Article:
The age of the individual and the developmental stage are important considerations in making a differential diagnosis. Due to the fact that bipolar disorder is rarely diagnosed in childhood or adolescence, the symptoms are often attributed to developmental issues or to another disorder (Cantor, 2001). The symptoms of bipolar disorder may be mistaken for normal emotions and behaviors of adolescence. However, unlike normal mood changes, bipolar disorder can seriously affect an adolescent's functioning in school, with peers, and at home (National Institute of Mental Health, n.d.). A manic episode lasting a few weeks in adolescence may be mistaken by parents as a normal phase of development, especially if the symptoms do not severely influence school performance (Geller & Luby, 1997).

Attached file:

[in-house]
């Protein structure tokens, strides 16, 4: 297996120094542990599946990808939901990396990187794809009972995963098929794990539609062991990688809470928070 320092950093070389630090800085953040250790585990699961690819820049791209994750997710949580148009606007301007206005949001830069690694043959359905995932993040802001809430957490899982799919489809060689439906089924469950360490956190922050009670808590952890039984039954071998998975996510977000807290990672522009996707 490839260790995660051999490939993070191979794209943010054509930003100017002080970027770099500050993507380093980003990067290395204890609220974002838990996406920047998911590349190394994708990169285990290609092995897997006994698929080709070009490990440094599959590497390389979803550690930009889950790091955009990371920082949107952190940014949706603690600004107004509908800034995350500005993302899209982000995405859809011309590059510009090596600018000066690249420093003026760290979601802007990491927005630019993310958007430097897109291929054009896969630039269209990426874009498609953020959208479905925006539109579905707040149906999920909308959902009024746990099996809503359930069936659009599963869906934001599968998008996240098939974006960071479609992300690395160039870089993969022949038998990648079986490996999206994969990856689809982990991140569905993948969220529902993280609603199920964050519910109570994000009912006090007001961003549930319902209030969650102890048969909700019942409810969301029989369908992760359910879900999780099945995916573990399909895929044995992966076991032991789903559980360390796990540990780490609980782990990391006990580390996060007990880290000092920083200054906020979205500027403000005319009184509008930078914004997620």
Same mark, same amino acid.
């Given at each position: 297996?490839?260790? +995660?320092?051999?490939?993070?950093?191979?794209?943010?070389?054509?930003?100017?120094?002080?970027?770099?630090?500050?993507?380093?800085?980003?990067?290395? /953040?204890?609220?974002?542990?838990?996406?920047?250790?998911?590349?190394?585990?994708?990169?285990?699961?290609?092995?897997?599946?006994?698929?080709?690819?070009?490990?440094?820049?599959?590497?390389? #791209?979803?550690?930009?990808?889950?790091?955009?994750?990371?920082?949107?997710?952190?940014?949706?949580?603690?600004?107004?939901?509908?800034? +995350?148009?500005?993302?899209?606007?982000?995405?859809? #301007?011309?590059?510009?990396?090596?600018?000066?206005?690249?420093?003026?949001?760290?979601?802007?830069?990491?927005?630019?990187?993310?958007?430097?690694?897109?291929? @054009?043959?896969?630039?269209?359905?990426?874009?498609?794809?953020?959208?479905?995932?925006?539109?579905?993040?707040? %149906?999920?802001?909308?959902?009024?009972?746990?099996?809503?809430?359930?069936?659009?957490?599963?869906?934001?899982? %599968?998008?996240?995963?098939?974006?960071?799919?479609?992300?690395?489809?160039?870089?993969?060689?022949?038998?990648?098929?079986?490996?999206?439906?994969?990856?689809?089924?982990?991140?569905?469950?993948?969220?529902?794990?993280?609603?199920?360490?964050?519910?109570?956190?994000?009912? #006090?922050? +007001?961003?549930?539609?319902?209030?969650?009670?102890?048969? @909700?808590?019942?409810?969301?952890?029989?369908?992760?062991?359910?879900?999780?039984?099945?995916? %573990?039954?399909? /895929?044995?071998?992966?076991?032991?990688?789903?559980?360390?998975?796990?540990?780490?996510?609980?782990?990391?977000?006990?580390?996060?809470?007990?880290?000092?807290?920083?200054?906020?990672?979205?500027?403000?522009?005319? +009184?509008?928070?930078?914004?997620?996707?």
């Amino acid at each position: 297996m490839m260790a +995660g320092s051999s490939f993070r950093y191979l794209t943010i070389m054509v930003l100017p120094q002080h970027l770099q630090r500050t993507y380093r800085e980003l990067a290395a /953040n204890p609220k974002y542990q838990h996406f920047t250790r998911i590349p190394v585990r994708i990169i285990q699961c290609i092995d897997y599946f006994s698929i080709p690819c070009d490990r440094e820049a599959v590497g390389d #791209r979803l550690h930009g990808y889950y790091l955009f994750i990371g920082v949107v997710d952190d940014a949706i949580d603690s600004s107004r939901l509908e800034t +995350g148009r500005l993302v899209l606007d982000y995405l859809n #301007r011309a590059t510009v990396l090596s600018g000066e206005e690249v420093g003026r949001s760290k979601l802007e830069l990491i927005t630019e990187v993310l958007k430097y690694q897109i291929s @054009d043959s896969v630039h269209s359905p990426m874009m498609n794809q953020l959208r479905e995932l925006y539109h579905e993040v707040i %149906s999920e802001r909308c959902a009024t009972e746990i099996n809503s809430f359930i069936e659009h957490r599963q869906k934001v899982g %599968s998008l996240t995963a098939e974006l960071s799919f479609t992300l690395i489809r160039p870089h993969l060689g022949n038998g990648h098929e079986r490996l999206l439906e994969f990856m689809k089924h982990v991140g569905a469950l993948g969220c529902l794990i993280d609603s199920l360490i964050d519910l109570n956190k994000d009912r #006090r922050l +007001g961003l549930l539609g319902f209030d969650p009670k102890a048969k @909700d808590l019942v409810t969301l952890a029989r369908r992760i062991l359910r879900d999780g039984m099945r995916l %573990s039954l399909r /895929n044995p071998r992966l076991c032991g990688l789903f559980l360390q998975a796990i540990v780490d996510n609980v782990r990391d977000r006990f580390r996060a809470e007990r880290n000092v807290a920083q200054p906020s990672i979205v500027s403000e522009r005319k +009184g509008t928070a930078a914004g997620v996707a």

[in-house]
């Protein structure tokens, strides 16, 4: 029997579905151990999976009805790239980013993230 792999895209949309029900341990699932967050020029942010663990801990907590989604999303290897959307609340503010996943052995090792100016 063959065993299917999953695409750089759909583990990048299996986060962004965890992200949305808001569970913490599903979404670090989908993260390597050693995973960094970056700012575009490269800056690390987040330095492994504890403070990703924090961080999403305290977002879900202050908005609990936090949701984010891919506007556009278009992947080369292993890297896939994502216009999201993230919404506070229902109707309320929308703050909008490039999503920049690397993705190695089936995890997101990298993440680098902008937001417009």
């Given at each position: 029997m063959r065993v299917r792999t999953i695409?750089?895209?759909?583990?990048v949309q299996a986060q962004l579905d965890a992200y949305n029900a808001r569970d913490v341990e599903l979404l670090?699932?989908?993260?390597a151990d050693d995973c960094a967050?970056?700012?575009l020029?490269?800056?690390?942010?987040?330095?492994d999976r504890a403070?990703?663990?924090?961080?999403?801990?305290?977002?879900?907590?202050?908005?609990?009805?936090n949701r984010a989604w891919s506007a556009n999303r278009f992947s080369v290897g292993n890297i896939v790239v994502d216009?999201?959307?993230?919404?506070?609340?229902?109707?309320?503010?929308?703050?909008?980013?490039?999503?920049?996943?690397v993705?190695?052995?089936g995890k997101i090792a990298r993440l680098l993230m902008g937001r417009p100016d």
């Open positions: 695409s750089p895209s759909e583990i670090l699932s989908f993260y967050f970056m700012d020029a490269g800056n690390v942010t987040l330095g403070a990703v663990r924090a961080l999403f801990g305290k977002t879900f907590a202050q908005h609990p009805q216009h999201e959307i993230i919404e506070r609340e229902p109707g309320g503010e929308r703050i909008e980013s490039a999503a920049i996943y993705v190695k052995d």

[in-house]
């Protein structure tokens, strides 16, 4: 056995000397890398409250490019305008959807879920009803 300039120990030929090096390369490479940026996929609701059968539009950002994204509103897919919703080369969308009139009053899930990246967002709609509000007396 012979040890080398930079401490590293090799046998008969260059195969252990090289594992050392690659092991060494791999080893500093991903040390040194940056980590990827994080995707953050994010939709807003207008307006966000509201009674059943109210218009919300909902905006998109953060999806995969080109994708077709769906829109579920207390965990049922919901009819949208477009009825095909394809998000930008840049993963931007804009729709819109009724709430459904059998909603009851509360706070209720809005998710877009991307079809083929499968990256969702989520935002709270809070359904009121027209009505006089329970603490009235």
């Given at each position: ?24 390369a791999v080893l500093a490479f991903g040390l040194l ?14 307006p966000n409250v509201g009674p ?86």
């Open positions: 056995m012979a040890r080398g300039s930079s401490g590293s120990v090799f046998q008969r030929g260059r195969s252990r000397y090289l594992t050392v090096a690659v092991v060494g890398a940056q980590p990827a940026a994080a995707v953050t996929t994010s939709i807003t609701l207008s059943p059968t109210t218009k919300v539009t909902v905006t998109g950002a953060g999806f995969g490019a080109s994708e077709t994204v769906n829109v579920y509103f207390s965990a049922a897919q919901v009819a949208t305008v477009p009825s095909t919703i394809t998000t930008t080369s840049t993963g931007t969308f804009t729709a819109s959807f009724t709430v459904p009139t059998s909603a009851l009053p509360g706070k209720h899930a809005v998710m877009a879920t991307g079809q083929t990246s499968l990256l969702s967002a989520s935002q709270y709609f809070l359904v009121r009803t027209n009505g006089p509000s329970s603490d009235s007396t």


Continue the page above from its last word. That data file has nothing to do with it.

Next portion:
The mental health counselor is presented with a challenge in accurately determining the diagnosis due to the clusters of overlapping psychiatric symptoms and the unique manifestations of the symptoms (Waltz, 2000). Manic symptoms such as distractibility, irritability, impulsivity, and hyperactivity may mimic symptoms of ADHD (Biederman, 1997). Although the symptoms of bipolar disorder and ADHD may be similar, there are a few distinguishing features. Whereas oppositional behavior in bipolar adolescents is intentional, in ADHD adolescents, it is a result of carelessness and inattention. The physical outbursts and temper tantrums often seen in both disorders are believed to be triggered by sensory and emotional stimulation in those with ADHD, but are triggered by adult limit-setting in those with bipolar disorder. Another feature that separates ADHD from bipolar disorder is that adolescents with ADHD tend to calm themselves shortly after the outbursts, while those with bipolar disorder may take hours to become calm (Papolos & Papolos, 1999). Manic episodes may have debilitating extremes that include psychotic symptoms of hallucination, paranoia, and marked thought disorder. These manic extremes have led to a misdiagnosis of schizophrenia as well as an underdiagnosis of bipolar disorder in adolescents. Many symptoms of mania are also shared with conduct disorder, oppositional defiant disorder, and major depression. These symptoms include aggression, irritability, hyperactivity, provocative and risk-taking behaviors, sleep disturbances, distractibility, and antisocial behavior (McClellan & Werry, 1997). To meet the criteria for mania, the adolescent must exhibit additional symptoms such as a decreased need for sleep, flight of ideas, pressured speech, grandiosity, elated mood, and hypersexuality (Leibenluft, 2001).